Now here's something the rat and his cronies need to read very carefully.

Former UN Secretary-General Kofi Annan has seen enough on the continent to warn, years ago that any government that came to power through a coup should not be recognised and indeed when the murderous APC-led AFRC of Johnny Paul Koroma kicked out the barely one year old democratically-elected government of President Ahmad Tejan Kabbah on May 25, 1997, the world duly obliged - refusing to recognise a regime that uses murder, rape, arson and abduction as a means of staying in power against the wishes of the people - a large majority of them.

Having watched how governments and party leaders tear apart Constitutions to stay in power, his keynote remarks at a recent symposium is worth noting. He says in a speech -

"As I constantly repeat, you cannot have peace and security without inclusive development, the rule of law and the respect for human rights. These are the three pillars of all successful societies.

It is largely because these three pillars are quite fragile in parts of Africa that we are still seeing instability and violence. The truth is that the economic growth in Africa over the last fifteen years, though impressive, has been neither sufficient nor inclusive.

In fact, Africa has become the world’s second most unequal continent, according to the African Development Bank. Too much of that growth has enriched a narrow elite and not enough was spent on infrastructure, health or education, which would have fostered development.

It is not just that Africa is unequal: it is also unfair. An African Union report has estimated that up to one quarter of the continent’s GDP is syphoned off every year through corruption.

The trafficking of drugs creates an especially difficult challenge. Drug money is insidious and invasive. It corrodes political institutions. We must focus on the money trail. We have been locking up the minor offenders while the big fish swim free.

The fight against violent rebel movements is necessary, and will require enhanced inter-African as well as international cooperation. But this is not enough because the challenge of security in Africa is often a political challenge revolving around the acquisition and use of power.

As a result, elections are a source of tension and repression rather than an opportunity for the free expression of political will.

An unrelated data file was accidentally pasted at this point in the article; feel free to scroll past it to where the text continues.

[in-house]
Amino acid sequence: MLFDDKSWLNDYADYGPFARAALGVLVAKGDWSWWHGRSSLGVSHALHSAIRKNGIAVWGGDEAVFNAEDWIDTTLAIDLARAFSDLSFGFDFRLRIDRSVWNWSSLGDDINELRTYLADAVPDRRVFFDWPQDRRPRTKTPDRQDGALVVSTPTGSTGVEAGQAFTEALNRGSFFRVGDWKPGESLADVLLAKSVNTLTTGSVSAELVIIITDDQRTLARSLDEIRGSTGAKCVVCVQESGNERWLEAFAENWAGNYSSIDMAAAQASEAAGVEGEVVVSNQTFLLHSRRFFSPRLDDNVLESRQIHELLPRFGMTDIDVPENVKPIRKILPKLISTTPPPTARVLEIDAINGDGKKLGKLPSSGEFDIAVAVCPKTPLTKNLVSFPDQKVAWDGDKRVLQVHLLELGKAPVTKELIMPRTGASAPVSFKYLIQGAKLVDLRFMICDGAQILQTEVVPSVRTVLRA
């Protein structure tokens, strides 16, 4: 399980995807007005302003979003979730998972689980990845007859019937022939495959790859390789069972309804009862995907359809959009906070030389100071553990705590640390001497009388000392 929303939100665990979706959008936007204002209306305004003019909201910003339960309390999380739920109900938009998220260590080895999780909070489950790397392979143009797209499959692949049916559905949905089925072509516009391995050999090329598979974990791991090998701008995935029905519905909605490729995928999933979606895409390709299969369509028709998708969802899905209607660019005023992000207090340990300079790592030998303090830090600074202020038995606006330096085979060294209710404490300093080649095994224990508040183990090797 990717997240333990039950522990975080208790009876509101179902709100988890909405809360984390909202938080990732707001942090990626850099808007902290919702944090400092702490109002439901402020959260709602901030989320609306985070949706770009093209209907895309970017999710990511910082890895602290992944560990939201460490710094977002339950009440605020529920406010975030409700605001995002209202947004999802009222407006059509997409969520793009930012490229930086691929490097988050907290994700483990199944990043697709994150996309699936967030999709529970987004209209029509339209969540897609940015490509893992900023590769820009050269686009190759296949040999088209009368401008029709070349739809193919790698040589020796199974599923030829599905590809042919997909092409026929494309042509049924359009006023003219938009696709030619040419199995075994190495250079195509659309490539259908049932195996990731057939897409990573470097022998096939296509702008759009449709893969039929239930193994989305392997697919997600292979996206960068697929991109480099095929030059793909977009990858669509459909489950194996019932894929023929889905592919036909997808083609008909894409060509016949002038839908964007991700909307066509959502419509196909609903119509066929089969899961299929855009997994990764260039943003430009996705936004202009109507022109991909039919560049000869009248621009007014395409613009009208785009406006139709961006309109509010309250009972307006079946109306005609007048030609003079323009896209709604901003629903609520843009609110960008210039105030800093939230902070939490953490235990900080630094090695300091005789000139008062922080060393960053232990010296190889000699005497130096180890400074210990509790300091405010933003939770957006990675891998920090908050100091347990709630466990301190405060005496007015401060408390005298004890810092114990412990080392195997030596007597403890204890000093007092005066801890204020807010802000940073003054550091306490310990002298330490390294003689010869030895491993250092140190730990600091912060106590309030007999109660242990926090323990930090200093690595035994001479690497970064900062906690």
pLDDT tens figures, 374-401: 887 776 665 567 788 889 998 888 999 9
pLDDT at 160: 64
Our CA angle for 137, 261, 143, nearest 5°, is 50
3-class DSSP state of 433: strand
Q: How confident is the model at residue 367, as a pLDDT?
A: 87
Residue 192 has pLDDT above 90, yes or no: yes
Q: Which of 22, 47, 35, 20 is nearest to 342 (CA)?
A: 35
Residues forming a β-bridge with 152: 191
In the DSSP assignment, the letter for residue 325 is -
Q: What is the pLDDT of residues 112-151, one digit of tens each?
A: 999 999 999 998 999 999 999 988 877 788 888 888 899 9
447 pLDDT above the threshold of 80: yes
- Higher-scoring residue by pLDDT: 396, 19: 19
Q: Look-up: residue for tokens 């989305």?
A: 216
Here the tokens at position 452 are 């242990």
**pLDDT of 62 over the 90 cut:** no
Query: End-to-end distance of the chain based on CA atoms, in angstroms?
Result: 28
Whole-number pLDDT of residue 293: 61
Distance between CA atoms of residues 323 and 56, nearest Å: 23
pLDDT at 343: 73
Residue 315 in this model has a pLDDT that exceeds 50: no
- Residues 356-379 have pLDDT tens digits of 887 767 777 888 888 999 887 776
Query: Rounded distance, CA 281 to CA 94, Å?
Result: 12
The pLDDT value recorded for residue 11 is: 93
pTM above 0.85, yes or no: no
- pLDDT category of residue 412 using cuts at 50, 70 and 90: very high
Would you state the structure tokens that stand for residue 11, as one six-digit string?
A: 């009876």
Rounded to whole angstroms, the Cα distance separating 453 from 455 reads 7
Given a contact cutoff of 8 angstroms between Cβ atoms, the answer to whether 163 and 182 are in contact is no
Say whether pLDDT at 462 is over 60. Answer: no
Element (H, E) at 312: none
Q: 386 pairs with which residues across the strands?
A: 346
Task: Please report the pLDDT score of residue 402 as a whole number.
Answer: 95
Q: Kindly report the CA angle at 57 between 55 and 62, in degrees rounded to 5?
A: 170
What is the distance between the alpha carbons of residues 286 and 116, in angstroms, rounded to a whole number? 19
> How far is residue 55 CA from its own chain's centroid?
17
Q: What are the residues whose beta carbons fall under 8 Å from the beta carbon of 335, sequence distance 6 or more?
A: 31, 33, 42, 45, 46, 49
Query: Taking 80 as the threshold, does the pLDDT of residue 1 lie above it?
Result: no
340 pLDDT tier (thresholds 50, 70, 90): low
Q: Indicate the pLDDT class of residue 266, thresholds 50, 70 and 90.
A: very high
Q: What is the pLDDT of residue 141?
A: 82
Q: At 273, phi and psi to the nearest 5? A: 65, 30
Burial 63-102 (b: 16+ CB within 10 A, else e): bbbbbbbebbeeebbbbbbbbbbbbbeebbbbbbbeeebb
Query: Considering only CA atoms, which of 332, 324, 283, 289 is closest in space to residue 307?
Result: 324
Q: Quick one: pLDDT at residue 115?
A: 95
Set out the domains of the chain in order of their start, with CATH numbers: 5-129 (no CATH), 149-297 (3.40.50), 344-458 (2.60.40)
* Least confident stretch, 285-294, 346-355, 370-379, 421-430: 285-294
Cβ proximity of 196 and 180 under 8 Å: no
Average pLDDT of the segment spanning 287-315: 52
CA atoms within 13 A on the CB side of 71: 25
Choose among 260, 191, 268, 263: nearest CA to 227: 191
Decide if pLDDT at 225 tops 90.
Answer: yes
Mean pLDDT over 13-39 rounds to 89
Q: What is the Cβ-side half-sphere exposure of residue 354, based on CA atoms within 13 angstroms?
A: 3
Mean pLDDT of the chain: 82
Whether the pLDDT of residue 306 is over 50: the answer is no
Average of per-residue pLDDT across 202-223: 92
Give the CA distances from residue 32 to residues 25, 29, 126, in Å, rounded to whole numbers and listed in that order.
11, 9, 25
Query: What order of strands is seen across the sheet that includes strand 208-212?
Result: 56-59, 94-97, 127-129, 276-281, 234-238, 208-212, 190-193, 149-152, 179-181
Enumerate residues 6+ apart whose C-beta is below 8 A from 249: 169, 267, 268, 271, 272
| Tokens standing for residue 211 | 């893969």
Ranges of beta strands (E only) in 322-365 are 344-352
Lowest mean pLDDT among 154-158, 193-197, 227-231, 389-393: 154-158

Leaders who hang on to power indefinitely by gaming elections and suppressing criticism and opposition are sowing the seeds of violence and instability.

African leaders, like leaders everywhere, must remember that they are at the service of their citizens, and not the other way around. They have a mandate given to them, in trust, by their people, who can also take it away from them if they are found wanting and to have outstayed their welcome.Logus Koroma - calculating fresh deals for him and his master - the chief of the rats

Elections should be the vehicle for popular choice in which the winner does not take all and the losers do not lose all.

Those who win must recognize that they do not have a licence to rule without restraint or remain in office in perpetuity.

Let us not confuse legality with legitimacy. Elections that meet legal form but fail the test of integrity are only pyrrhic victories that usually store up trouble for the future.

And this is for the head of the police, one Francis Munu who believes that the security forces under his command must be used to entrench the undemocratic regime of the rat. An educated buffoon who believes that the OSD, the former ISU should remain an APC party paramilitary force.

"Finally, I want to mention the quality of national security forces.

Madiba once said that “freedom would be meaningless without security in the home and in the streets”. That security in the home and in the streets depends in good measure on our security forces. We must invest in them but also make them fully accountable as part of our democratic societies. They must be trained to protect the individual and his or her family and property, to earn their trust and work with the people.

Later in an interview on the sidelines of the symposium, Mr Annan made this point even more forcefully as reported in one Ghana-based news outlet.

"The renowned international diplomat said that while unconstitutional changes to government on the continent had reduced, exclusionary politics threatened to reverse the gains made, the Africa Press Organisation reported on Tuesday. 'I think Africa has done well, by and large the coups have more or less ended, generals are remaining in their barracks, but we are creating situations, which may bring them back,' the report quoted the Nobel Laureate, at the 5thTana High-Level Forum on Security in Africa, held in Addis Ababa, Ethiopia.

'If a leader doesn't want to leave office, if a leader stays on for too long, and elections are seen as being gamed to suit a leader and he stays term after term after term, the tendency may be the only way to get him out is through a coup or people taking to the streets.

'Neither approach can be seen as an alternative to democracy, to elections or to parliamentary rule. Constitutions and the rules of the game have to be respected.'

Kindly refresh your memory on the governance issue in Sierra Leone by taking a look at this article written in 2012, twenty years after the historic and successful coup against the despotic and uncaring APC regime.

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©Sierra Herald 2002